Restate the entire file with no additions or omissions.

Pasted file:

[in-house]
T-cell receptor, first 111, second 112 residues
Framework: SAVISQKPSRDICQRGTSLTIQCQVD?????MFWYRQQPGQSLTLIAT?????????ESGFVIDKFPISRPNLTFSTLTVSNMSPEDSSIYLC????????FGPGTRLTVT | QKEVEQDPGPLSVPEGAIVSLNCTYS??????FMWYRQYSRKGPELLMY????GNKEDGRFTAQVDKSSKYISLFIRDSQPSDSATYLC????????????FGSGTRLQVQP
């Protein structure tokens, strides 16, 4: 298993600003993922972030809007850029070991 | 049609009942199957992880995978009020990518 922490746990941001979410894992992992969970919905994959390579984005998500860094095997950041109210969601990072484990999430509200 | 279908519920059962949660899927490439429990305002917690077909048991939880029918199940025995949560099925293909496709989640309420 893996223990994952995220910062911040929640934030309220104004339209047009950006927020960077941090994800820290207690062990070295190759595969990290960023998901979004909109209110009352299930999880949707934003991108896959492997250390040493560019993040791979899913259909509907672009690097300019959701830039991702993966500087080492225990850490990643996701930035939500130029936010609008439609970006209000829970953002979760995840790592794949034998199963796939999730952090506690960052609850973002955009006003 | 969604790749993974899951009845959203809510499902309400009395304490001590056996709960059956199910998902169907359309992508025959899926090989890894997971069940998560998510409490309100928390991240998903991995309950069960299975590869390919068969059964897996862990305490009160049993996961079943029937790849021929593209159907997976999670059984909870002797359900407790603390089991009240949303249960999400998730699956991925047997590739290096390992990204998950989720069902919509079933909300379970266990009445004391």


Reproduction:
[in-house]
T-cell receptor, first 111, second 112 residues
Framework: SAVISQKPSRDICQRGTSLTIQCQVD?????MFWYRQQPGQSLTLIAT?????????ESGFVIDKFPISRPNLTFSTLTVSNMSPEDSSIYLC????????FGPGTRLTVT | QKEVEQDPGPLSVPEGAIVSLNCTYS??????FMWYRQYSRKGPELLMY????GNKEDGRFTAQVDKSSKYISLFIRDSQPSDSATYLC????????????FGSGTRLQVQP
């Protein structure tokens, strides 16, 4: 298993600003993922972030809007850029070991 | 049609009942199957992880995978009020990518 922490746990941001979410894992992992969970919905994959390579984005998500860094095997950041109210969601990072484990999430509200 | 279908519920059962949660899927490439429990305002917690077909048991939880029918199940025995949560099925293909496709989640309420 893996223990994952995220910062911040929640934030309220104004339209047009950006927020960077941090994800820290207690062990070295190759595969990290960023998901979004909109209110009352299930999880949707934003991108896959492997250390040493560019993040791979899913259909509907672009690097300019959701830039991702993966500087080492225990850490990643996701930035939500130029936010609008439609970006209000829970953002979760995840790592794949034998199963796939999730952090506690960052609850973002955009006003 | 969604790749993974899951009845959203809510499902309400009395304490001590056996709960059956199910998902169907359309992508025959899926090989890894997971069940998560998510409490309100928390991240998903991995309950069960299975590869390919068969059964897996862990305490009160049993996961079943029937790849021929593209159907997976999670059984909870002797359900407790603390089991009240949303249960999400998730699956991925047997590739290096390992990204998950989720069902919509079933909300379970266990009445004391």